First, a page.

Global climate change and an increasing world population both pose great challenges in two interlinked respects – an increased frequency of extreme flooding events in many areas and a shortage of clean, drinkable water, often in those same places.

Urban areas, particularly low-lying ones, are prone to flooding during storms because there is nowhere for the water to go; as concrete and other hard surfaces will cause the water to pool and flood. Flood barriers and storm drains can be sufficient for normal rainfall but can be overwhelmed by more intense storms, especially when a major contributory factor is rising water levels in local rivers.

Sanya Baopo Cultural & Sports Centre Masterplan, Hainan | The flood water system at the base of Baopo mountain

A sponge city is designed to create a much more absorbent urban environment so that the groundwater from such events can be drained away more effectively and collected in aquifers for later cleaning and re-use. A good sponge city strategy also reduces or eliminates the risks from polluted runoff.

Following major flooding in Beijing in 2012, the Chinese government put in place a programme of sponge city urban developments across China, which has now expanded to over 30 locations, including Shanghai and Beijing. Drawing upon the research of Harvard-based Landscape Architecture specialist Professor Kongjian Yu, the authorities are rolling out the strategy to such an extent that it is fast becoming the norm for urban design in China. Other countries, especially India, the USA and Russia, have been watching this process closely with a view to following suit in their own flood-prone areas.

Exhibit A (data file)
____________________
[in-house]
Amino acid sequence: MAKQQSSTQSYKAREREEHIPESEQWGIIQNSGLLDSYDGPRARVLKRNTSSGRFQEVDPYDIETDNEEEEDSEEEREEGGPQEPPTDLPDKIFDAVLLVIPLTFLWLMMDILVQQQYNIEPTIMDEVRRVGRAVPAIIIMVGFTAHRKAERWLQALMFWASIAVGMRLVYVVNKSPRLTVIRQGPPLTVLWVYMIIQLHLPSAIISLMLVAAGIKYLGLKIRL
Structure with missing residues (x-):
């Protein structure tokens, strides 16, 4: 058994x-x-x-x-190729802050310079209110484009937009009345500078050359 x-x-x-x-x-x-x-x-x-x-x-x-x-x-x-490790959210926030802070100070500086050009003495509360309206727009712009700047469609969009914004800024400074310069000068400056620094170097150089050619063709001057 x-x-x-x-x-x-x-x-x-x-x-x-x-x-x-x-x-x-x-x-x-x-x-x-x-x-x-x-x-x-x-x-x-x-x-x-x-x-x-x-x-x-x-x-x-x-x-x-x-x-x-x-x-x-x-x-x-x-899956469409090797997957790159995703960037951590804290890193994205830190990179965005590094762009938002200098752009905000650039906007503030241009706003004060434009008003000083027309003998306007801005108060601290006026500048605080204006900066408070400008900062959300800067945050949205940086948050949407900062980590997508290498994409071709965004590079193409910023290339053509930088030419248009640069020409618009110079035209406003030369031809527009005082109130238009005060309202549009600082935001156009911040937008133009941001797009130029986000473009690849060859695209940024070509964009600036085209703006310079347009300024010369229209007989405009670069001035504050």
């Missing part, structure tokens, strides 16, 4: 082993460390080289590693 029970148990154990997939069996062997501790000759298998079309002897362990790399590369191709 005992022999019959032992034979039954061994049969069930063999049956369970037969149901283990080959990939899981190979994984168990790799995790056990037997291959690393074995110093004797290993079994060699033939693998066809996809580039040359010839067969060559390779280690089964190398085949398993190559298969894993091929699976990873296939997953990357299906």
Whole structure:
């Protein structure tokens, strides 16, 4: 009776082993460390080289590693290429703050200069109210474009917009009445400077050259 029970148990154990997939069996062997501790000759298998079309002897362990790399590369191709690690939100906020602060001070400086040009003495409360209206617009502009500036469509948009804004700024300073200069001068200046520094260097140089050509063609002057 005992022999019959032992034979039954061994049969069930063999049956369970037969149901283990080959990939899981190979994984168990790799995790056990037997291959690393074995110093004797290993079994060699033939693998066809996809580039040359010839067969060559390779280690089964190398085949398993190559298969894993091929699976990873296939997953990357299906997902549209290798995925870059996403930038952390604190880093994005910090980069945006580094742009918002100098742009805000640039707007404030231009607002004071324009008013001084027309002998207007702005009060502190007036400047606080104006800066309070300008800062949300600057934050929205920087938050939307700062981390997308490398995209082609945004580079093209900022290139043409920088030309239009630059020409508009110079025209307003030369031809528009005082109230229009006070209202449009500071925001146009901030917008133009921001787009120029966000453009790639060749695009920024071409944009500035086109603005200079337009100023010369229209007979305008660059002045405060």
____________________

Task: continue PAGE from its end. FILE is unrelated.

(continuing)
Context-driven design

When we masterplan major new developments in China, natural methods of water conservation and flood prevention are a key element of our approach. Our designs all provide large areas of green space, including green rooftops, roadside planting, ponds and lakes, among other absorbent design elements.

There is no one-size-fits-all approach to the design and implementation of sponge city strategies. Each urban design must be context-specific, taking account of the area’s topography, climate, seasons, meteorological history, geology, layout, materiality and existing infrastructure. What may be a perfect solution for a city in a continental mountain area may be of little use when designing for example a maritime coastal plain.